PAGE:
Knowing that recovery of the motor function after SCI is the main indicator to reflect the outcome of treatment, we assessed it by BBB scale and LSS. As shown in Figure 1H-I, the motor function of rats in each group recovered gradually from day 7 post-SCI, and the recovery in TOF treatment group was significant faster, especially in the high-dose group. The rats treated with TOF exhibited better body balance and motor coordination compared with Veh group at all different time points (Figure 1G).

TOF alleviates early inflammatory responses after SCI and regulates microglia activation

It is well acknowledged that the secondary injury, especially the inflammatory response after SCI, is one of the major factors influencing the survival or apoptosis of neurons in the damaged spinal cord [2]. In this study, we detected the levels of pro-inflammatory cytokines in spinal cord supernatants at 12h, 1d, 3d, 5d and 7d after injury by ELISA. In agreement with the previous study [23], it was found in our study that the level of TNF-α, IL-1β and IL-6 protein increased rapidly, peaked at 12 h after SCI, returned nearly to the baseline level within 7 days, and then remained unchanged significantly thereafter (Figure 2A-C). After TOF treatment, especially with high-dose TOF, the level of inflammatory cytokines showed a significant decrease, and soon returned to the normal level. We further explored the cellular mechanism of this anti-inflammatory effect of TOF by immunofluorescence staining to detect the microglial polarization. Under normal physiological conditions, microglia are constantly patrolling the central nervous system. When SCI occurred, microglia migrated to the lesion area rapidly and proliferated profusely, and finally reached the peak between 3-7 days post injury [24]. We therefore used 7d after SCI as the time point for microglia evaluation. As indicated in Figure 2D, TOF treatment reduced the accumulation of Iba1 labeled microglia [25] in the lesion area compared with Veh group.

 Figure 1 

TOF improves pathology and morphology of the spinal cord after injury and promotes locomotor recovery. (A-C) Dorsal views of fresh spinal cords on days 7 (A) and 14 (B) post-injury, and dorsal (left) or lateral (right) views of paraformaldehyde-treated spinal cords on day 28 (C) post-injury; black dashed lines indicate the lesion areas. (D, F) Representative HE-stained longitudinal and transverse sections of the spinal cord on day 28 post-injury. Scale bars = 500 μm. Two small images in (D) are the high-magnification view of area around the damage boundary, Scale bars = 100 μm. (E) Quantitative analysis of surface bleeding or deformation area in (A). (G) Representative images of swimming test in different groups. (H, I) The Basso Beattie Bresnahan (BBB) locomotion scores and Louisville Swim scores of different groups over 28-days period (The values are presented as mean ± SD; *p<0.05, **p<0.01, ***p<0.001, one-way ANOVA; n = 8 rats per group).

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 Figure 2 

TOF attenuates inflammation by promoting microglia anti-inflammatory polarization and inhibiting pro-inflammatory polarization after SCI. (A-C) Concentration-time curves of pro-inflammatory cytokines in spinal cord tissue of each group after SCI. Cytokines in supernatants of tissue lysates were detected by ELISA (The values are presented as mean ± SD; *p<0.05, one-way ANOVA; n = 3 rats per group). (D) Representative immunofluorescent images of spinal cord on day 7 post-injury showing the distribution of Iba1 (red) marked microglia in the lesion site. Nuclei were counterstained with DAPI (blue). Scale bar, 500 μm. (E) Co-immunofluorescence images showing the anti-inflammatory phenotype microglia labeled by Arg1 (green) and Iba1 (red) in the lesion site on day 7 post-injury. Magnifications of the boxed regions are shown on the right. Scale bar, 500 μm and 100 μm. (F) Quantification analysis of the number of Arg1+ Iba1+and iNOS+ Iba1+cells obtained from 3 regions of interest (ROIs) (The values are presented as mean ± SD; **p<0.01, Student's t tests; n = 3). (G) Co-immunofluorescence images showing the pro-inflammatory phenotype microglia labeled by iNOS (green) and Iba1 (red) in the lesion site on day 7 post-injury. Magnifications of the boxed regions are shown on the right. Scale bar, 500 μm and 100 μm. (H) Western blot analysis and quantification of iNOS and Arg1 expression in spinal cord on day 7 post-injury (The values are presented as mean ± SD; *p<0.05, **p<0.01, ***p<0.001, one-way ANOVA; n = 3 rats per group).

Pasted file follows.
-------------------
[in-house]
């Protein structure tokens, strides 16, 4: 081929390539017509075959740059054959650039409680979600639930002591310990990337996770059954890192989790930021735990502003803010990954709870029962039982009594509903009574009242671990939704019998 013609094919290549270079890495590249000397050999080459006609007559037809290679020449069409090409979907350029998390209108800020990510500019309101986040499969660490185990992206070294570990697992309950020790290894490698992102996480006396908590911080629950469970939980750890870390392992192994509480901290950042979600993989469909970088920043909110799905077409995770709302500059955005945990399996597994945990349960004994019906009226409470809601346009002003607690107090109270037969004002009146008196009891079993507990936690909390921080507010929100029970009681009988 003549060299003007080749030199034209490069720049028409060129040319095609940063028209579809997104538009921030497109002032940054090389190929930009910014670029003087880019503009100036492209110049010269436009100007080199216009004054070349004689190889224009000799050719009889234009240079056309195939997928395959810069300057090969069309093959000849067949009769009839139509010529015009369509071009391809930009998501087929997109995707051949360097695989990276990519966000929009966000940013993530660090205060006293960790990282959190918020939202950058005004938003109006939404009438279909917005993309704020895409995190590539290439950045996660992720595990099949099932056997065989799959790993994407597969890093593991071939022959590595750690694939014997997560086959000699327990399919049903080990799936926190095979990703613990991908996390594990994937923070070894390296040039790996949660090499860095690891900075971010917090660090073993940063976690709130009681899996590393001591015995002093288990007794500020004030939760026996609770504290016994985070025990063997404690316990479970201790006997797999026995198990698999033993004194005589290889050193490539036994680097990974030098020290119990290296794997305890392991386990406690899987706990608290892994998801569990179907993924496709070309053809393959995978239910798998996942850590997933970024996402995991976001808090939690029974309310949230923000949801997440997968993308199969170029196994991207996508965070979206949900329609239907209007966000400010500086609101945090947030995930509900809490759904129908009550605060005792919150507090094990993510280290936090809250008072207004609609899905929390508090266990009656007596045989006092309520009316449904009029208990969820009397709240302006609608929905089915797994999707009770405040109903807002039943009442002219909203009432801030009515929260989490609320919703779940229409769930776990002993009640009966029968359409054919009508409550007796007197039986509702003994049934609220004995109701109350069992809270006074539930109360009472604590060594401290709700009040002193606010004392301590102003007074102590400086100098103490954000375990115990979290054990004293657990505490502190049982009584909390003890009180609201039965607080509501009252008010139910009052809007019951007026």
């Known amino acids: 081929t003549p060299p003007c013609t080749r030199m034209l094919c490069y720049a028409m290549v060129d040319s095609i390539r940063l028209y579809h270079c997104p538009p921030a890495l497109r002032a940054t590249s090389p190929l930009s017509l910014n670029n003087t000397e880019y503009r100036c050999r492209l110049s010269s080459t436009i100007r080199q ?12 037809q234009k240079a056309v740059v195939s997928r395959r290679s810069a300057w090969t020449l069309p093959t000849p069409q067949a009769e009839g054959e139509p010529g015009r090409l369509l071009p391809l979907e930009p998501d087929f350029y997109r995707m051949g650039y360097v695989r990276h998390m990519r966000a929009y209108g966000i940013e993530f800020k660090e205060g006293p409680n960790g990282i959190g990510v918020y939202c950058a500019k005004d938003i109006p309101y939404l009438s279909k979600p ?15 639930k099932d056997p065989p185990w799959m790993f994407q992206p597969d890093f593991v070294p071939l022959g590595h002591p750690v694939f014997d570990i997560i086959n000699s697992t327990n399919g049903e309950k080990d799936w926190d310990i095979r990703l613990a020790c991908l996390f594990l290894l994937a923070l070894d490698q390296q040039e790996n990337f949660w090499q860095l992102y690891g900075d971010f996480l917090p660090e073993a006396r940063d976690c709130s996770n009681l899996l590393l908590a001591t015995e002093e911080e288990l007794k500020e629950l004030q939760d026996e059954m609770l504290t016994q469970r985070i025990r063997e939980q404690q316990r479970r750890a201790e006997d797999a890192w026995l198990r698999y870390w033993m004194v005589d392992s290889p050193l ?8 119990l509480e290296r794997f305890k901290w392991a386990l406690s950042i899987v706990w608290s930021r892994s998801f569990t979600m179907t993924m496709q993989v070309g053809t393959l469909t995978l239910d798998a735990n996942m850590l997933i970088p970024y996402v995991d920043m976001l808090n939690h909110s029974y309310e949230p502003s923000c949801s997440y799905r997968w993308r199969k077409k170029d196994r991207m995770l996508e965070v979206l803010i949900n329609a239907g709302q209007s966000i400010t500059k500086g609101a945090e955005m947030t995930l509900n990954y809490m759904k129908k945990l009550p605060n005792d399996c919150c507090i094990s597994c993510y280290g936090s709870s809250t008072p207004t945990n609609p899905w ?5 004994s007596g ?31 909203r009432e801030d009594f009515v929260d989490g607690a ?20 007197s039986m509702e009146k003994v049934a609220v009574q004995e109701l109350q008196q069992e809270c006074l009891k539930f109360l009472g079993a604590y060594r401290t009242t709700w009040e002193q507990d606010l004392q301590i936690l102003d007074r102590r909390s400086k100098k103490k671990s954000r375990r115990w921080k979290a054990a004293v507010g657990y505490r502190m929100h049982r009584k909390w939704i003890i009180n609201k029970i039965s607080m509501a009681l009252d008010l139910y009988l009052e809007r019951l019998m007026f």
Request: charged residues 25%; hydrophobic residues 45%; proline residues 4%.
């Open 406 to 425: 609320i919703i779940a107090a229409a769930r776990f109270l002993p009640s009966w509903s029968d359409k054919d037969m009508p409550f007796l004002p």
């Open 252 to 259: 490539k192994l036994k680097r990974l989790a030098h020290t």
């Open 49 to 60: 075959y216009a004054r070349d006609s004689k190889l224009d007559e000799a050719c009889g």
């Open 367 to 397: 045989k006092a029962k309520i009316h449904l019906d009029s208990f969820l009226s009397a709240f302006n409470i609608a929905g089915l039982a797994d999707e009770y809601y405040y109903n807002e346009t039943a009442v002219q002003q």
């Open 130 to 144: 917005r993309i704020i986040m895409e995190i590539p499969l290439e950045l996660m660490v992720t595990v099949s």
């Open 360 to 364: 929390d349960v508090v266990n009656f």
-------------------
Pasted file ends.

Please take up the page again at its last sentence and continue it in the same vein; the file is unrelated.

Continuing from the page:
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When we identified pro-inflammatory and anti-inflammatory phenotype by co-immunofluorescence staining for iNOS and Arg1 [26], more Arg1 positive microglia and fewer iNOS microglia were observed in the injury epicenter in TOF group as compared with Veh group (Figure 2E, G). Correspondingly, the iNOS and Arg1 proteins levels determined by Western blot were significantly higher in SCI lesions. TOF treatment decreased the expression of iNOS, and conversely increased the expression of Arg1 (Figure 2H). Collectively, it is reasonable to believe that TOF could inhibit the inflammatory responses after SCI by promoting microglial switch to anti-inflammatory polarization rather than pro-inflammatory polarization.

TOF inhibits glial scar formation and promotes neuronal repair